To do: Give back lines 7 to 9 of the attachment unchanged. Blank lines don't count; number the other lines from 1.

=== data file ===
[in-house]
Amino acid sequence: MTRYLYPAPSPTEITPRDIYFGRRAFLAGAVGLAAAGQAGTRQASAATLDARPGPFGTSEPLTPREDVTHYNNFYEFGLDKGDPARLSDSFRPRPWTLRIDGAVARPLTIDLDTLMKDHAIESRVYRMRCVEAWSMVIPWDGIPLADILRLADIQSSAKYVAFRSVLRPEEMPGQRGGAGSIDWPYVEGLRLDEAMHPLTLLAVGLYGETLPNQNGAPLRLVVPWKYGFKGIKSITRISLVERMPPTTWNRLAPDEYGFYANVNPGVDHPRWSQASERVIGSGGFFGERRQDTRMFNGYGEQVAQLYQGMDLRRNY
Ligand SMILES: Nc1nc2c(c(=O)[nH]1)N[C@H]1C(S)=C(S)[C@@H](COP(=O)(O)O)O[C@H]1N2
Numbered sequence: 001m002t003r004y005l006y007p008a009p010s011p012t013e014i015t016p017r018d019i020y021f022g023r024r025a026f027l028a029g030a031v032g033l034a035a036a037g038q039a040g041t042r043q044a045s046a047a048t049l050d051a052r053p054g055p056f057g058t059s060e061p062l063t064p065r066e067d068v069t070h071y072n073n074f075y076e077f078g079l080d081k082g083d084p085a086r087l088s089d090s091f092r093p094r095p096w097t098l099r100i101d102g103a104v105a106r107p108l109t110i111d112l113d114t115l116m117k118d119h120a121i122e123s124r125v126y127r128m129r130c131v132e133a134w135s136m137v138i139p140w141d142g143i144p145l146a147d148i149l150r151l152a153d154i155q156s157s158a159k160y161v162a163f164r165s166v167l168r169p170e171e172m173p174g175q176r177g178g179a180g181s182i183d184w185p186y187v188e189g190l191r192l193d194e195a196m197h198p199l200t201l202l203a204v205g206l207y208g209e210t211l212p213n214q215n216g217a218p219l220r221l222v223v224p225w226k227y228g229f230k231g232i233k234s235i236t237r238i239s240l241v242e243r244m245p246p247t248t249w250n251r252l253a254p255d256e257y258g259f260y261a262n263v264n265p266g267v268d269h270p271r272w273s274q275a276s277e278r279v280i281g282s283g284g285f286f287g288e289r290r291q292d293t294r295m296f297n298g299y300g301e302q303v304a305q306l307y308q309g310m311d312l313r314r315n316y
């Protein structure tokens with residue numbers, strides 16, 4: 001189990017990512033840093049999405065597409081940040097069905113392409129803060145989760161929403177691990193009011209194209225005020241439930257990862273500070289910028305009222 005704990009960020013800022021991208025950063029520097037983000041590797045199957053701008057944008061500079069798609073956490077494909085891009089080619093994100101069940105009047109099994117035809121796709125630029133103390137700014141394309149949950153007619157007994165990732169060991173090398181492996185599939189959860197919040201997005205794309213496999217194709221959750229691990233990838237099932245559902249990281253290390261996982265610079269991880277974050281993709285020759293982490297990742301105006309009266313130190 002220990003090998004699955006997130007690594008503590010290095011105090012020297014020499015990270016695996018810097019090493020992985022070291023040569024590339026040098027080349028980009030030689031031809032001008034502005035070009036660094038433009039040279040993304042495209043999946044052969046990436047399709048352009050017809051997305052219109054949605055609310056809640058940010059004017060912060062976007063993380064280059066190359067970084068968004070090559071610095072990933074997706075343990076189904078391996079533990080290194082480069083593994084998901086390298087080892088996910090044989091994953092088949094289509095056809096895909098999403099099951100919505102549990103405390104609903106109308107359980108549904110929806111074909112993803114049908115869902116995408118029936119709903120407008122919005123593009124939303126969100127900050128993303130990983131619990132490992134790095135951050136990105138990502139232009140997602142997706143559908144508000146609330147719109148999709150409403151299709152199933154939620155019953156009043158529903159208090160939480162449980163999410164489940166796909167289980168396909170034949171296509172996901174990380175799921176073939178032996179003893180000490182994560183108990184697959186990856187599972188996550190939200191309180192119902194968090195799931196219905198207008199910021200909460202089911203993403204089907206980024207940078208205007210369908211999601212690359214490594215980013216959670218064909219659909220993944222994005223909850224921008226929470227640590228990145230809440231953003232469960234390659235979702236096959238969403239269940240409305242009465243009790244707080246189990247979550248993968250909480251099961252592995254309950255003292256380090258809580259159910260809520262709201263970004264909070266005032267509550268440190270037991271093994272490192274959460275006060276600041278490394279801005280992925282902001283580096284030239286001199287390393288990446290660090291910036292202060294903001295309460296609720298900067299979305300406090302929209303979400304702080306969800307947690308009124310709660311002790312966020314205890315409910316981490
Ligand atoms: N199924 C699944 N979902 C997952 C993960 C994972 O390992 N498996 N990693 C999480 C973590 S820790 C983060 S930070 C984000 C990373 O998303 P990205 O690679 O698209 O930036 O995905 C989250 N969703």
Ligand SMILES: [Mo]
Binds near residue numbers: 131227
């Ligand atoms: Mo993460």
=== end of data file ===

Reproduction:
Ligand SMILES: [Mo]
Binds near residue numbers: 131227
């Ligand atoms: Mo993460």